OK, that’s small potatoes compared with all the other crap going on, but it was the end of an era. I bet I’m not alone among Black Gate readers and writers in being a Black Sabbath fan. Unfortunately I never got to see them in concert and now I never will.
They did teach me a lot about writing, though. As an author I get tips and inspiration from lots of different sources, not just other writers. Sure, I have a fondness for the great prolific authors and the literary giants, but I often learn more from the greats in different arts. Perhaps that’s because there’s a certain distance that allows you to see what they do more clearly. With other writers I tend to spend a lot of time looking at the nuts and bolts of their work, while with musicians and painters that’s not the case. I know very little about playing the guitar, and nothing about painting a landscape, so I focus more on the philosophy behind the work rather than the techniques of the work itself.
I’ve been a history buff all my life, and this interest led me to a career as an archaeologist before becoming a writer specializing in history and historical fiction. Thus it’s not surprising that I want my ten-year-old son to have a firm grounding of history, even though he takes more after his astronomer mother and will almost certainly go into one of the STEM fields.
One of my main interests is World War One, so when I visited Belgium a couple of years ago for the centenary I brought him back some Belgian comics on the conflict. Now we’re watching the excellent Channel Four series The First World War. I’m also vocally hoping he’ll read my Trench Raiders series, so far with no luck! I’ve been pushing this particular era of history because we live in Madrid. Since Spain wisely stayed out of the war, I don’t think the Spanish educational system will teach him as much about WWI as I think he should know.
So why not add a little extra knowledge through wargaming? He’s been expressing an interest in it lately since his favorite comics shop has some wargaming tables, so I invested in issue #280 of Strategy & Tactics, a classic wargaming magazine that’s older than I am. This issue comes with the game Soldiers 1918: Decision in the Trenches, which one BoardGameGeek labeled as “medium light” in difficulty.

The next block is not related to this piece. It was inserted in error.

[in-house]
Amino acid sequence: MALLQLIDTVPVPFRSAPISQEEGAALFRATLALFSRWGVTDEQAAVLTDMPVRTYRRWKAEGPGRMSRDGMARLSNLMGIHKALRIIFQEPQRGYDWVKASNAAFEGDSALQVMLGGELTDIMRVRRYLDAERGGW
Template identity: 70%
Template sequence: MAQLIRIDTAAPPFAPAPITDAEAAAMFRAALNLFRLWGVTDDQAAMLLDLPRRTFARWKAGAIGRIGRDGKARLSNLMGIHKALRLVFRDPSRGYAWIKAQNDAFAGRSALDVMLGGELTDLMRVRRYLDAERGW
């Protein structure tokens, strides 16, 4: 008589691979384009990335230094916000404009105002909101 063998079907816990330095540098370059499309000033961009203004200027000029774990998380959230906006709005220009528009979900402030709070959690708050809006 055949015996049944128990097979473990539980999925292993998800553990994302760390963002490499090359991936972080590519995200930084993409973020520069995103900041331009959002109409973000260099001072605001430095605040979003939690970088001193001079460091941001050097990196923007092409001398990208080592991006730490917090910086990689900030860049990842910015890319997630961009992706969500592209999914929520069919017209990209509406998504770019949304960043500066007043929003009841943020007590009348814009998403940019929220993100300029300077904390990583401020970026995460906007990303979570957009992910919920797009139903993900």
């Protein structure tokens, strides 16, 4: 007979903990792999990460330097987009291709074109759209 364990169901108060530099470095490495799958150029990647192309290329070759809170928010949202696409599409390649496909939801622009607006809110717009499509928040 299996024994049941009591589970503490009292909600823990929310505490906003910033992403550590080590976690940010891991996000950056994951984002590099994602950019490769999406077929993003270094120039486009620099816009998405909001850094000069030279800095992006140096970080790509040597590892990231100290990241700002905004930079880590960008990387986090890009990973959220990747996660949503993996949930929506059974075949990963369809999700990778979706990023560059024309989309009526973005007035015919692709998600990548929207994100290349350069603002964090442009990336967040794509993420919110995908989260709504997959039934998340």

Over on Facebook, where I posted a link to last week’s article, “Ignore the Market Guidelines at Your Peril – How (Not) to Build a Career” – a writer asked in response:
So. What SHOULD I put in my cover letter? Don’t really know. I don’t think I’ve ever included a cover letter with a short story submission, because, well, I don’t know.
That’s an excellent question. Here are the answers I’ve gathered from reading dozens of market guidelines, listening to editors talk at cons, and gauging my response to cover letters I’ve received.
1. What I heard over and over again at the recent Nebula weekend is that any writer who mentions having been nominated for or won any writing awards, ever, immediately bypasses the slush pile. It doesn’t matter how long ago it was, or, in most cases, what award it was. (With the exception of awards made up by a small writers workshop who then hands them out to each other so they can say they’re all award-winners.) The nomination or win for a significant writing award will generally get your manuscript bumped to the top of the To Be Read pile.
I was the editor of a small press that published genre anthologies and short story collections for about 13 years, and I’ve been writing, submitting, and selling my fiction for about 25 years. So, I’ve been on both sides of the editorial desk, at least in a small way. I now teach fantasy fiction writing at Columbia College — Chicago.
One of the questions that comes up every semester is, “What should I put in my cover letter?” Students, and many new writers, are afraid of cover letters.
What they don’t know is, that many editors are afraid of cover letters, too.